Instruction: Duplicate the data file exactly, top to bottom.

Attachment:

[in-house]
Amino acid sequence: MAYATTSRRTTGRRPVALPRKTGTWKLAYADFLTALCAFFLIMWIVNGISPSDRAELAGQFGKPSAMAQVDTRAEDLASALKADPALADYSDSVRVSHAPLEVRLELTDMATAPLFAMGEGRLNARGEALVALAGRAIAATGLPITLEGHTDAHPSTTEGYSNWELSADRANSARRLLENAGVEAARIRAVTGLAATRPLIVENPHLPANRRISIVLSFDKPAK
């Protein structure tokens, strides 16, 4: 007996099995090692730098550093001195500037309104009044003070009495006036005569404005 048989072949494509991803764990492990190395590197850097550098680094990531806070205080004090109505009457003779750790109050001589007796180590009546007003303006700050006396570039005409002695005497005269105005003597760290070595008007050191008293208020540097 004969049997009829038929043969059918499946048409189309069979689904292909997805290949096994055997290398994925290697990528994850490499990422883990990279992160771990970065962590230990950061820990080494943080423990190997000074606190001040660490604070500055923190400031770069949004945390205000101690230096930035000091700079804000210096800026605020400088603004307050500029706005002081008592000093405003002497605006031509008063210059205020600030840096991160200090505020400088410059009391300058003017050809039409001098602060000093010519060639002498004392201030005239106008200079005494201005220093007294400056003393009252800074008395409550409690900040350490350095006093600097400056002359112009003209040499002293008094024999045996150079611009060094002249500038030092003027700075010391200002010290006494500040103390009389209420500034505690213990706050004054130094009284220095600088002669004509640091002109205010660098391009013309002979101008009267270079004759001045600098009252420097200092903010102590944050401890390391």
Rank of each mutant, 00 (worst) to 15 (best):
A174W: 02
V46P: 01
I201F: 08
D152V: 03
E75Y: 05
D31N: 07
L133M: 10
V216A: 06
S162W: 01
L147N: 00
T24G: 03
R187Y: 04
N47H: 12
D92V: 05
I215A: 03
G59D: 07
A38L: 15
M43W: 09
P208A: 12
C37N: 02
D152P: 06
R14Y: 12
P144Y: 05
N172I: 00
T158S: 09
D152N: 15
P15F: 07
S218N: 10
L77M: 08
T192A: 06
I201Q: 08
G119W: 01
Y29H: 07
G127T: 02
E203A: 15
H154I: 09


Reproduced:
[in-house]
Amino acid sequence: MAYATTSRRTTGRRPVALPRKTGTWKLAYADFLTALCAFFLIMWIVNGISPSDRAELAGQFGKPSAMAQVDTRAEDLASALKADPALADYSDSVRVSHAPLEVRLELTDMATAPLFAMGEGRLNARGEALVALAGRAIAATGLPITLEGHTDAHPSTTEGYSNWELSADRANSARRLLENAGVEAARIRAVTGLAATRPLIVENPHLPANRRISIVLSFDKPAK
């Protein structure tokens, strides 16, 4: 007996099995090692730098550093001195500037309104009044003070009495006036005569404005 048989072949494509991803764990492990190395590197850097550098680094990531806070205080004090109505009457003779750790109050001589007796180590009546007003303006700050006396570039005409002695005497005269105005003597760290070595008007050191008293208020540097 004969049997009829038929043969059918499946048409189309069979689904292909997805290949096994055997290398994925290697990528994850490499990422883990990279992160771990970065962590230990950061820990080494943080423990190997000074606190001040660490604070500055923190400031770069949004945390205000101690230096930035000091700079804000210096800026605020400088603004307050500029706005002081008592000093405003002497605006031509008063210059205020600030840096991160200090505020400088410059009391300058003017050809039409001098602060000093010519060639002498004392201030005239106008200079005494201005220093007294400056003393009252800074008395409550409690900040350490350095006093600097400056002359112009003209040499002293008094024999045996150079611009060094002249500038030092003027700075010391200002010290006494500040103390009389209420500034505690213990706050004054130094009284220095600088002669004509640091002109205010660098391009013309002979101008009267270079004759001045600098009252420097200092903010102590944050401890390391």
Rank of each mutant, 00 (worst) to 15 (best):
A174W: 02
V46P: 01
I201F: 08
D152V: 03
E75Y: 05
D31N: 07
L133M: 10
V216A: 06
S162W: 01
L147N: 00
T24G: 03
R187Y: 04
N47H: 12
D92V: 05
I215A: 03
G59D: 07
A38L: 15
M43W: 09
P208A: 12
C37N: 02
D152P: 06
R14Y: 12
P144Y: 05
N172I: 00
T158S: 09
D152N: 15
P15F: 07
S218N: 10
L77M: 08
T192A: 06
I201Q: 08
G119W: 01
Y29H: 07
G127T: 02
E203A: 15
H154I: 09